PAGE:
By Lindsay Toler
By Chad Garrison
By Allison Babka
By Lindsay Toler
By Jake Rossen
By Lindsay Toler
By Kelsey McClure
By Lindsay Toler
On October 22, 2009, inside the Kennedy Room of St. Louis City Hall, an eclectic mix of citizens watched a man in a suit and tie approach the podium. Shaking his head, he addressed the urban development committee members.
"It just amazes me," scolded attorney Eric Vickers in the cadence of a preacher, "how gullible this city is when any developer comes forward and promises jobs."
At issue that autumn morning was a pair of ordinances that would enable Paul J. McKee Jr. to push forward with his $8.1 billion, 1,100-acre plan for a revitalized north St. Louis. It was a vision, McKee promised, that would create 22,000 permanent jobs and 43,000 construction jobs in the first fifteen years.
The north-side land magnate sat to the left of the podium, listening. He'd already been to the microphone and thanked the aldermen, as if he knew in advance what they'd decide.
"We use the phrase in our shop," said McKee, "that nothing great happens unless you 'embrace the tension.' I've got to tell you, we've been embracing the tension, and we've got a better product for us, the city and the community by doing that."
Now it was Vickers' turn. His voice swelling, the 56-year-old black activist called into question the aldermen's collective "competence," declared that their constituents had "no confidence whatsoever" in them and announced an upcoming opposition meeting.
Then he turned to look squarely at McKee.
"Mr. McKee, you said your corporate philosophy is to 'embrace the tension'?" I hope you are sincere in saying that, because it is just about to get tense."
The board soon passed both of McKee's ordinances. Mayor Francis Slay signed them in mid-November.
By December 9, Vickers had joined three other attorneys and four plaintiffs in a lawsuit designed to drag McKee's mammoth project to a grinding halt. Their legal claim, strictly speaking, is that city officials did not follow proper procedure in giving him the green light.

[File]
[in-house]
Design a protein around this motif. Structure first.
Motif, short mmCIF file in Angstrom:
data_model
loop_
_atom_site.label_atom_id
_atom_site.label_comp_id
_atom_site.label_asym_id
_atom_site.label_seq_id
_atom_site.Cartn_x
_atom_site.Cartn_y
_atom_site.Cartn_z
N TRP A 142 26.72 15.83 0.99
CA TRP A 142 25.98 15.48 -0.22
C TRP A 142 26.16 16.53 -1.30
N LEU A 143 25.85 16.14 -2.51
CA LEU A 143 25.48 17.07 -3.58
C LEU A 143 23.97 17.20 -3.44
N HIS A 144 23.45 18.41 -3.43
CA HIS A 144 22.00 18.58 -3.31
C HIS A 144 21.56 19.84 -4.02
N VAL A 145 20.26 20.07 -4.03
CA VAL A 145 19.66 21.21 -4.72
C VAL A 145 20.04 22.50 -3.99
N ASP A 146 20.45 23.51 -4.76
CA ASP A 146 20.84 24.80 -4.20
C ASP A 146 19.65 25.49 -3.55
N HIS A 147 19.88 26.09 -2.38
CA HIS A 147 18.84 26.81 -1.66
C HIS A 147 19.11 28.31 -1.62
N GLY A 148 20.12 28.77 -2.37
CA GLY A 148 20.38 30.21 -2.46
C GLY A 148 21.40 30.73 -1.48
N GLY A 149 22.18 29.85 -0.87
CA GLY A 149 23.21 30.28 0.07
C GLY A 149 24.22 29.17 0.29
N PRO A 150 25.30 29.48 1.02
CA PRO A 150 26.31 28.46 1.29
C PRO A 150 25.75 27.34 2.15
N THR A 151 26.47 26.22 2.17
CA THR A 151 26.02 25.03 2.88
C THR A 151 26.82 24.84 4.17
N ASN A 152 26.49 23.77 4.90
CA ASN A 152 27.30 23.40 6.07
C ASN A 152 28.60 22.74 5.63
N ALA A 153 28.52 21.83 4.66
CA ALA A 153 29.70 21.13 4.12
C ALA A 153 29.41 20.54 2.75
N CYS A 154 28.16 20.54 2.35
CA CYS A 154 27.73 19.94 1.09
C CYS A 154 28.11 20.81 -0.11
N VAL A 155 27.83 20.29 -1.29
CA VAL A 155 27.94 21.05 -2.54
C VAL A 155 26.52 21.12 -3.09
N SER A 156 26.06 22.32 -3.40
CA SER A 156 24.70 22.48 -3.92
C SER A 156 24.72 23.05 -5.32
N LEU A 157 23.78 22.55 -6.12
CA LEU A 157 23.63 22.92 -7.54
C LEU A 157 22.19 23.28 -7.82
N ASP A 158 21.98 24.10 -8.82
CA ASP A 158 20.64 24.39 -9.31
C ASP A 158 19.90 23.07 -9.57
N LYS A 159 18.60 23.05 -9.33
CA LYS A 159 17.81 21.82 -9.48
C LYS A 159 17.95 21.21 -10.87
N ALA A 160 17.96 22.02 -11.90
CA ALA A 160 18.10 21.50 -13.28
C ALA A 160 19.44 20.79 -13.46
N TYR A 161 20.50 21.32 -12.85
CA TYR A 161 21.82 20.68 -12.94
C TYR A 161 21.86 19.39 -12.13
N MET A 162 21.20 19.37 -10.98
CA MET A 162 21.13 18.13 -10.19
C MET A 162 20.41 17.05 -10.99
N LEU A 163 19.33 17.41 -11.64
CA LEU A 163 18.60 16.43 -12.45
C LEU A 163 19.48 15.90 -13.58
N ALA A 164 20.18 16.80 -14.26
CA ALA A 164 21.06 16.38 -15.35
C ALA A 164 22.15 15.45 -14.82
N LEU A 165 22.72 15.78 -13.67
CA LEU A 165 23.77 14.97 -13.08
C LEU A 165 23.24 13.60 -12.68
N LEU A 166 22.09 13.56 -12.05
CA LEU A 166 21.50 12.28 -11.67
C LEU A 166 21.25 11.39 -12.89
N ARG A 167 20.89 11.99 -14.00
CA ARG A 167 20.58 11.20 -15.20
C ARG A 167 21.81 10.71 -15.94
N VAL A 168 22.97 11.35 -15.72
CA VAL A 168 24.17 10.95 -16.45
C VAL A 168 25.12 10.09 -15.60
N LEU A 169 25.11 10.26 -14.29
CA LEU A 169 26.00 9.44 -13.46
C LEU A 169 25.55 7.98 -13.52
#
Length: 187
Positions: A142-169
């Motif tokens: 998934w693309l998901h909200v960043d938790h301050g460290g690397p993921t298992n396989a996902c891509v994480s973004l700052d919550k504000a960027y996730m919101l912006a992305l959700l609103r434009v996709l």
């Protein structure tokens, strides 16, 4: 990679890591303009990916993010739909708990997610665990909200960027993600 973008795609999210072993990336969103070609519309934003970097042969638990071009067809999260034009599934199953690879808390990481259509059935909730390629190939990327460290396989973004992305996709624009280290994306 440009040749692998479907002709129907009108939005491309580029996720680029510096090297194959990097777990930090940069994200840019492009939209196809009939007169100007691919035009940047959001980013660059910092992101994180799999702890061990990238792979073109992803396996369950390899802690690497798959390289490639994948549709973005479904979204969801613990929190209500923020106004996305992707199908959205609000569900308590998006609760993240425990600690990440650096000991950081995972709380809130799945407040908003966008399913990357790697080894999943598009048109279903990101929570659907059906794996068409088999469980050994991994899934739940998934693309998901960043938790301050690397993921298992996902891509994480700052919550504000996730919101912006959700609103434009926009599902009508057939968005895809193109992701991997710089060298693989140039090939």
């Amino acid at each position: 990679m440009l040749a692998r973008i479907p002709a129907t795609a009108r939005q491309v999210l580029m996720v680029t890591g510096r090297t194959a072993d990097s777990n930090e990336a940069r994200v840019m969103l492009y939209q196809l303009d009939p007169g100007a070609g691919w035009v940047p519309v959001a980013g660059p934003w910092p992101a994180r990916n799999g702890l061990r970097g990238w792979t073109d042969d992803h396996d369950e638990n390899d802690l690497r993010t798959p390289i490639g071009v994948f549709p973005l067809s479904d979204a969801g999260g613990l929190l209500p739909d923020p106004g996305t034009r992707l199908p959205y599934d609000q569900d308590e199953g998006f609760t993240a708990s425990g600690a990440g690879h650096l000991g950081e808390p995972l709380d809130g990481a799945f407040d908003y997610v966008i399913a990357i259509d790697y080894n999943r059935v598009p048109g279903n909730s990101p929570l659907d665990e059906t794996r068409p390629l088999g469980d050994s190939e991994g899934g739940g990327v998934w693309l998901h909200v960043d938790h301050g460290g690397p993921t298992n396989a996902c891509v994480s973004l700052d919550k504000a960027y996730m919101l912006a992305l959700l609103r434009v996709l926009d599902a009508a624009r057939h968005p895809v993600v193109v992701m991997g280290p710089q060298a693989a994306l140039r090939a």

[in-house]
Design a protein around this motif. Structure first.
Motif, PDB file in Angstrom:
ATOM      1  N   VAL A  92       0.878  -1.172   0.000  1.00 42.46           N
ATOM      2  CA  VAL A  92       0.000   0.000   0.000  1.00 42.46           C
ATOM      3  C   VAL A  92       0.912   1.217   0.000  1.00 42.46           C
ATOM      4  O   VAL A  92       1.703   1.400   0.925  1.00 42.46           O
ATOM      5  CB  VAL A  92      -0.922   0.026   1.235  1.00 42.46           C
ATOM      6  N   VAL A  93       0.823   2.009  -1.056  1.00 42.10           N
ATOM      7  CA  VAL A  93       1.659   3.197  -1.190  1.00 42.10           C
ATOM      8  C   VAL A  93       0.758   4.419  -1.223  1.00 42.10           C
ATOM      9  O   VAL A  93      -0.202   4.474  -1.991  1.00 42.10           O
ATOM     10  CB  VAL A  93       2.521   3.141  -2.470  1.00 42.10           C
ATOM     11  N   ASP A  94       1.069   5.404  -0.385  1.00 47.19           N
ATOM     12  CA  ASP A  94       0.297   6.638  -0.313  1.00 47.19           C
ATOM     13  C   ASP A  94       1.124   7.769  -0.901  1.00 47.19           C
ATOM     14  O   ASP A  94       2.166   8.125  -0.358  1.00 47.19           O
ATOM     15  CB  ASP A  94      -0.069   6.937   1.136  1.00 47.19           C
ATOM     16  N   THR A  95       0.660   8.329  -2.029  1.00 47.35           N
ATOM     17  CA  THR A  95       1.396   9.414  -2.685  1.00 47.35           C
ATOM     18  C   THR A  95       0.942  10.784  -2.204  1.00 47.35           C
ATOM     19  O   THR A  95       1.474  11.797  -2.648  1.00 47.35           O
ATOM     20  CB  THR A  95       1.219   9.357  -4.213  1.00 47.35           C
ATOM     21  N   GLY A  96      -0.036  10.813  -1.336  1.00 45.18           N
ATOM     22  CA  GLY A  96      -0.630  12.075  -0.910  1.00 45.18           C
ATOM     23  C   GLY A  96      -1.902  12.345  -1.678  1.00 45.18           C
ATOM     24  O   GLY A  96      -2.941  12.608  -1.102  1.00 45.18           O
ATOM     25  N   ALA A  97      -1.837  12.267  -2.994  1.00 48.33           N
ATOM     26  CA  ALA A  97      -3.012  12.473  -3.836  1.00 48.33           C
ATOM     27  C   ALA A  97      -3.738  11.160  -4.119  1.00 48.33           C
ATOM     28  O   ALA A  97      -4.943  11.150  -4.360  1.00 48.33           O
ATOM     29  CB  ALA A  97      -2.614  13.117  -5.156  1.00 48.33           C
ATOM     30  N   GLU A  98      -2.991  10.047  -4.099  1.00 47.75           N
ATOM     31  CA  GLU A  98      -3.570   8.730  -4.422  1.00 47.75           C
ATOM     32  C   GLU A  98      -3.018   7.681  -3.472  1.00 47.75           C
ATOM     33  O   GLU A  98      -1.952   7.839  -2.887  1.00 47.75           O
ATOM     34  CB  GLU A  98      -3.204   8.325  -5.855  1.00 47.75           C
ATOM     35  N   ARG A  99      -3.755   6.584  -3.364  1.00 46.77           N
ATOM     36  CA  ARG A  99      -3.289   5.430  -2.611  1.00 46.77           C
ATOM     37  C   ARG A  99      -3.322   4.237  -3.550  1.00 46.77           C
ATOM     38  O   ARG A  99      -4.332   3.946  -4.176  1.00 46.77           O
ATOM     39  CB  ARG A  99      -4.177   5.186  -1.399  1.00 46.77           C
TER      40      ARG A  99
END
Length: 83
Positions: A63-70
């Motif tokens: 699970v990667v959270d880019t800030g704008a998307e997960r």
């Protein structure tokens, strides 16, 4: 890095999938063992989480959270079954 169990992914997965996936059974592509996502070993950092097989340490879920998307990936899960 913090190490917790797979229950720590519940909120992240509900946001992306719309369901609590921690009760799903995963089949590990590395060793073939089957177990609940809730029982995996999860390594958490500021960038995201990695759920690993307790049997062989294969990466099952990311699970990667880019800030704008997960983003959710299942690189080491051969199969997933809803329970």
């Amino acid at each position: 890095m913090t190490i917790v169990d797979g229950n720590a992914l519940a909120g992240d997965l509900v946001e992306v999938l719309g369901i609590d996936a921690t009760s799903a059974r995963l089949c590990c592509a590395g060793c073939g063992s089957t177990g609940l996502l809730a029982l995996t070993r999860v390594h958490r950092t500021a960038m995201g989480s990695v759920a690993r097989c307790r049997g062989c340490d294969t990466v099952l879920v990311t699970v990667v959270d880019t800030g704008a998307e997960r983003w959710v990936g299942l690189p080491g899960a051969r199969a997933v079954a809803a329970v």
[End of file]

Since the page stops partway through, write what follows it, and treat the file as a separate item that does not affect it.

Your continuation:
But their implicit message is that, despite official promises to the contrary, the city has effectively granted McKee, the O'Fallon, Missouri-based developer, permission to force residents out of their homes — all for a project, they say, he can't possibly pull off.
"It's almost asinine economics to think that a plan formulated before the great recession of 2008 still has viability now," Vickers says. The plaintiffs, he adds, are simply "residents who don't want to be overrun" by such a plan.
These aren't just any residents, though. Two of the four plaintiffs — Isaiah Hair Jr. and Cheryl Nelson — have repeatedly sought political office, and Nelson says she may run again in the Fifth Ward, where 85 percent of McKee's dream would be realized.
The names of the four attorneys might also sound familiar. Each has a high-profile case under his belt. D.B. Amon once represented the mayor of Berkeley in a libel case. Jim Schottel sued Donald Trump's reality show, The Apprentice. Bevis Schock, a hardcore conservative on the board of Rex Sinquefield's Show-Me Institute, filed a suit against Missouri's campaign contribution limits that a decade ago went all the way to the U.S. Supreme Court.
And then there's Vickers, perhaps best known for teaming up with the Rev. Al Sharpton and hundreds of protestors in July 1999 to shut down I-70 and demonstrate against the lack of minorities working for the Missouri Department of Transportation.
As Vickers took on more and more causes and saw his caseload bulge throughout the '90s, clients began to complain he wasn't returning their calls. In some instances, he failed to show up to his own disciplinary board hearings or answer subpoenas. In November 1999 the Missouri Supreme Court suspended his legal license, citing neglect and inadequate communication with clients.
The suspension, though, didn't stop him from agitating for the black community. By organizing protests, or simply threatening to, he wrested promises from St. Louis' Metro, the Illinois Department of Transportation and Pinnacle Entertainment, Inc. to award more construction contracts to minority-owned companies.
Since getting reinstated as an attorney in the spring of 2008, Vickers has largely kept out of the spotlight. But now he's publicly trying to bring down the most ambitious plan for the north side in city history. The hearing on February 16 represents his first appearance arguing before a judge in roughly a decade.
"It's like riding a bicycle," he says. "You never forget."
Hanging in limbo are two square miles of the city, nearly 2,000 occupied homes, some 9,000 residents — a quarter of them out of work — and a potential investment of billions of dollars to reshape north St. Louis.
"It's going to be showtime," Vickers says with a grin.
Paul McKee started snatching up hundreds of north St. Louis properties about seven years ago, operating through dummy companies to avoid detection. As weeds grew tall, and vacant buildings began to rot, neighbors fumed but didn't know whom to blame.
McKee declined comment for this story and asked that all questions be addressed to his attorney.
The media gradually caught on and made his furtive acquisitions public in 2007. The developer continued to dodge calls from residents, reporters, even city officials. By September 2009, however, McKee needed a big favor from the city — tax increment financing, or a TIF.